In reality, dairy products are the number one cause of osteoporosis. Yes, other contributors are tobacco, alcohol, caffeine, soft drinks, salt, antacids, and lack of exercise, but the major cause is dairy products. And yes, cow’s milk does have calcium, but it also has casein protein, which is impossible for our digestive systems to handle, so we end up with excess. Amino acids try to break down the casein protein. It gets metabolized in the liver, and travels through the kidneys.
If that excess protein would just leave our bodies via the urine, I suppose all would be well, but it doesn’t do that. Clinging to it on its way out are large amounts of minerals, among them being calcium. Here’s the catch; the more animal protein you consume, the more calcium you lose. Osteoporosis has been studied worldwide and the correlation holds true that countries with higher consumption of dairy products also have higher reports of osteoporosis.
7. We need milk and dairy for calcium.
Well, number six blew this out of the water. So where do we get our calcium? Calcium is in the soil. Plants absorb it and make it part of their structure. Animals eat the plants. Their bodies absorb the calcium. Cows don’t drink milk for their calcium, they eat plant life. So should we. Fruits, vegetables, raw nuts, grains, seeds and beans all have calcium in them.
8. Pregnant woman need to drink more milk.
Actually, the more cow’s milk a pregnant woman drinks, the more likely the infant will need that suction tube hospitals always have on hand. It sucks out the thick mucus from the baby’s nose and throat at delivery so it can breathe. It’s called “muco-protein” and mothers-to-be may want to learn more about this. Remember, your unborn is eating what you’re eating. The high mucus content of milk passes into your baby. You may want to consider cutting back on dairy products during pregnancy and look at other calcium and protein alternatives.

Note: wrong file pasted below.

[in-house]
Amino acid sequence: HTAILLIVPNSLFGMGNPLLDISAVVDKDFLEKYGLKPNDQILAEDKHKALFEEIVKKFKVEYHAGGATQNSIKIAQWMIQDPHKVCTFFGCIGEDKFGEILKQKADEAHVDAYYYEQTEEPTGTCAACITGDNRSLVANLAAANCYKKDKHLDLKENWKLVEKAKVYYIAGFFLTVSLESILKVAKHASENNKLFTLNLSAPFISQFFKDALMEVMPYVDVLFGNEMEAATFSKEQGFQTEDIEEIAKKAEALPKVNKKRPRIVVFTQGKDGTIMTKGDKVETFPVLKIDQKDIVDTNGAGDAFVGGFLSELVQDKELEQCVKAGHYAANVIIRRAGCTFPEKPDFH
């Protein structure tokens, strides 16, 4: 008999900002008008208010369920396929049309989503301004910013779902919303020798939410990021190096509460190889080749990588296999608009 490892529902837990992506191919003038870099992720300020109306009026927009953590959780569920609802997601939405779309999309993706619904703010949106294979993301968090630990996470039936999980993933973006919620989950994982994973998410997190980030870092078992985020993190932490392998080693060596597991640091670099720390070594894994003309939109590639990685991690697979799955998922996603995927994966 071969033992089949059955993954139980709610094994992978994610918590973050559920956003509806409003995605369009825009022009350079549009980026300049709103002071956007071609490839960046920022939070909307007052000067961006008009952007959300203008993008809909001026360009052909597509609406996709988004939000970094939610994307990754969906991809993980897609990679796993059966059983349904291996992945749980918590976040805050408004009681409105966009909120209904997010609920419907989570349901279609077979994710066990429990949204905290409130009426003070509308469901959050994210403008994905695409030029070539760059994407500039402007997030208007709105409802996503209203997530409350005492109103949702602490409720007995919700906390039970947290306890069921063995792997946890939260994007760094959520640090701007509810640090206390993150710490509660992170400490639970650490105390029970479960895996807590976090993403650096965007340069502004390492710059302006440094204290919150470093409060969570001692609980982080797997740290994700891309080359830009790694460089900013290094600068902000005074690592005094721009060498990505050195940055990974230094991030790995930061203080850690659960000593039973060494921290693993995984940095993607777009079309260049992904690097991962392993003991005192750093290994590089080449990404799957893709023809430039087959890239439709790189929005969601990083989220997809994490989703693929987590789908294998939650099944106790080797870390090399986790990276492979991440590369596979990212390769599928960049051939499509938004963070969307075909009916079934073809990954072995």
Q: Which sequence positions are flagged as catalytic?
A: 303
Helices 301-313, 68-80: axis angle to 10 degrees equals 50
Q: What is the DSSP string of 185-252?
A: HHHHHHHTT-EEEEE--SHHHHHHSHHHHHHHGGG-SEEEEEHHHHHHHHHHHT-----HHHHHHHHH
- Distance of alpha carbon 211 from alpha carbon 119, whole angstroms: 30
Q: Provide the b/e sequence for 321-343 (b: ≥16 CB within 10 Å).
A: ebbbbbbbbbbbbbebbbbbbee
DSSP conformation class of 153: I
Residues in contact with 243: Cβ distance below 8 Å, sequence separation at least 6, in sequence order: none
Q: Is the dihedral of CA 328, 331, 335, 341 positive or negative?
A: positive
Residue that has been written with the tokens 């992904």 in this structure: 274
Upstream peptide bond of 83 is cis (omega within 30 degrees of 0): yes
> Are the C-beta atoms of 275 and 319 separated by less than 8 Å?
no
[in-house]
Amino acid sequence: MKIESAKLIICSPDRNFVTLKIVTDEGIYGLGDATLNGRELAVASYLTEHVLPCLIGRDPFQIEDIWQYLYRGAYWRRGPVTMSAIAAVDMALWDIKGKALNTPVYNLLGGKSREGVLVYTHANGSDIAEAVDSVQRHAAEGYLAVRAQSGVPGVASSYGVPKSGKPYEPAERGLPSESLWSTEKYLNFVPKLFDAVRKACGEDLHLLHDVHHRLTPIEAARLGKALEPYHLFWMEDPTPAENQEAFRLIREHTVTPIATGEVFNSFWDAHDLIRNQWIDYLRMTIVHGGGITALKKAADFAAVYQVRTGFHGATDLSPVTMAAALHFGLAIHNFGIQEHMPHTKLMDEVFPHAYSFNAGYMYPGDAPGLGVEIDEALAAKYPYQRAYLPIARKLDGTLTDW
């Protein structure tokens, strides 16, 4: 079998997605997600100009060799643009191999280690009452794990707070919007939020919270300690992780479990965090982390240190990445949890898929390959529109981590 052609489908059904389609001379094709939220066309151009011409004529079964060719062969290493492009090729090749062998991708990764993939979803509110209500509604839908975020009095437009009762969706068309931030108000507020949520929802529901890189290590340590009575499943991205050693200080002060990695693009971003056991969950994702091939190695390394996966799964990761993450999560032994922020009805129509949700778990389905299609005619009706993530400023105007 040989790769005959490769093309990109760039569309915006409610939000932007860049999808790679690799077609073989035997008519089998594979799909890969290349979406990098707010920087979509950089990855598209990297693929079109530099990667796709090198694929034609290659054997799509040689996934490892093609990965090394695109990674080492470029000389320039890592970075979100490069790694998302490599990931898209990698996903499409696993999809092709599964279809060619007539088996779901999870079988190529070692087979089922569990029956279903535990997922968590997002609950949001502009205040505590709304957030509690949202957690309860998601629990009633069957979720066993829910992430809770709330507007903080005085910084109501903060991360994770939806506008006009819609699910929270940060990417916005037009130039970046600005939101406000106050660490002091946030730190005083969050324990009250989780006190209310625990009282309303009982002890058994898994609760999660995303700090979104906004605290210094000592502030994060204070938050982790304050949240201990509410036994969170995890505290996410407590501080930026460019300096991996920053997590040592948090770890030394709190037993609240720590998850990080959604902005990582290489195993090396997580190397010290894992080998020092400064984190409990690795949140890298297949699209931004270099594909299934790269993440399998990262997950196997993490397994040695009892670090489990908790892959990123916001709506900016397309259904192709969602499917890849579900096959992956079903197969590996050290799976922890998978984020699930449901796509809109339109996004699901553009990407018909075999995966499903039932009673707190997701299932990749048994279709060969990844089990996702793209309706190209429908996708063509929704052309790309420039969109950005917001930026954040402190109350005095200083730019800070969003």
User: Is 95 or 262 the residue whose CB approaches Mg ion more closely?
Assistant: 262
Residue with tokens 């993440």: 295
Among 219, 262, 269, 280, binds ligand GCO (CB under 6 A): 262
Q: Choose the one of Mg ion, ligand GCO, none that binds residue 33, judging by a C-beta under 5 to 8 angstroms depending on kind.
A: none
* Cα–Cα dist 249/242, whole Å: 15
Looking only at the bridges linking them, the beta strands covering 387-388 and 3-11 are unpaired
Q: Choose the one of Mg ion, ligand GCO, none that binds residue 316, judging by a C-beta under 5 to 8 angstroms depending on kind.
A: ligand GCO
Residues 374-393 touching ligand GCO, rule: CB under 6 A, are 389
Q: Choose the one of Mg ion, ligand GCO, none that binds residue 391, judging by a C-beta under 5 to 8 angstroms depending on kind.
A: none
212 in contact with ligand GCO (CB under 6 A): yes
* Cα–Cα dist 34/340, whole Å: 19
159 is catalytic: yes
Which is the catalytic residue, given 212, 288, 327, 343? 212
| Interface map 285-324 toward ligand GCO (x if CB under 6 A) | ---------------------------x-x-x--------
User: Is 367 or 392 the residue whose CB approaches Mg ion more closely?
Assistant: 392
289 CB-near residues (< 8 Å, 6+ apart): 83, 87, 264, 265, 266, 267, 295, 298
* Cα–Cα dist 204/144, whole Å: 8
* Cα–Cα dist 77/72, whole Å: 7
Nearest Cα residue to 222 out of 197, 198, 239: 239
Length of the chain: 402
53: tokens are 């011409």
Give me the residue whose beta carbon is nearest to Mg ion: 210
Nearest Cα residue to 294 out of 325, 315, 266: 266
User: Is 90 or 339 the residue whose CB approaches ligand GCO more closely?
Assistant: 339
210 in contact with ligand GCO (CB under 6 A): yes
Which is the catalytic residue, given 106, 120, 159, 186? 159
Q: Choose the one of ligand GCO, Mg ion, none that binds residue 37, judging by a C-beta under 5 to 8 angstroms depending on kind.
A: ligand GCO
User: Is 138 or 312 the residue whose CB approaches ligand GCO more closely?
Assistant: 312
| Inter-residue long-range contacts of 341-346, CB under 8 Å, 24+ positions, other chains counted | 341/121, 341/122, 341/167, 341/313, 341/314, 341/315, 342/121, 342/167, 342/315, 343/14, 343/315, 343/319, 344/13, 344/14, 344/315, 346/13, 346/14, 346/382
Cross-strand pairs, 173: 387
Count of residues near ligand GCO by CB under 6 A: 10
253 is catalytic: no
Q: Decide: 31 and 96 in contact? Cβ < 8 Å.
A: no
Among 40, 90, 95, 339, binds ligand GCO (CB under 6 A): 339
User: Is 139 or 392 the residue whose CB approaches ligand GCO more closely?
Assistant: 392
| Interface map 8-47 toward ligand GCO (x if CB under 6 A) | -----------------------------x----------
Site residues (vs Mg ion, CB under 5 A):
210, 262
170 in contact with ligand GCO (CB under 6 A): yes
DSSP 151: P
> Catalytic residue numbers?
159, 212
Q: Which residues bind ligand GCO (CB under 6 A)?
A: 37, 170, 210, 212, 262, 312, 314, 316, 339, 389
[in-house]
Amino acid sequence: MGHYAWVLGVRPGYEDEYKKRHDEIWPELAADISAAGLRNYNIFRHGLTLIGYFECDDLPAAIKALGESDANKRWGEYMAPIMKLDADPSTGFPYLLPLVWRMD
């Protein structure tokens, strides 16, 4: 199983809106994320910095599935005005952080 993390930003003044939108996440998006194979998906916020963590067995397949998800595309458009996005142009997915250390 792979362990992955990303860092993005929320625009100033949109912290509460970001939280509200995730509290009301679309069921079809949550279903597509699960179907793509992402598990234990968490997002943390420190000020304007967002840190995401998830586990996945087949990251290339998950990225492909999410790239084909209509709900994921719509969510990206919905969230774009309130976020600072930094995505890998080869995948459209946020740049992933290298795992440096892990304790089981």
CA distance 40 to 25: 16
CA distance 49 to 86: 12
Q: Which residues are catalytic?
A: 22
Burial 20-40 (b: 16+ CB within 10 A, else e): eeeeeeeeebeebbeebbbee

9. Breast feeding mothers need to drink more milk.
Have you ever heard of a cow drinking milk so that it has better and more nutritious milk for its calf? No adult mammal on this planet drinks milk except for the human. For some reason we’ve put ourselves above the laws of nature. If we look at nature we’ll find the plant life foods to make nutritious breast milk for our species’ young.
10. Milk helps coat the stomach and ease the pain of ulcers.
This idea has been passed down through the last few generations and seems to still be floating around. Dairy products are acid-forming foods. Milk will aggravate an ulcer. You’ll want to talk to your doctor for help in dealing with an ulcer.
If milk is a major part of your life style and you are looking for an alternative, you should consider soymilk. It’s high in calcium and its protein is easy to digest.
(1) Tommori, J., and Pal Osvath, Hajnalka Marton, and Helga Lehotzky. “Study of the Frequency of Cow’s Milk Sensitivity in the Families of Milk-Allergic and Asthmatic Children.” Acta Allergol, Vol.28, July 1973, p.107.
(2) Bahna, Sami L., M.D. Allergies to Milk. New York: Grune & Stratton, 1980.
(3) Southern California Dental Association Journal, Vol. 31, No.9, Sept. 1963.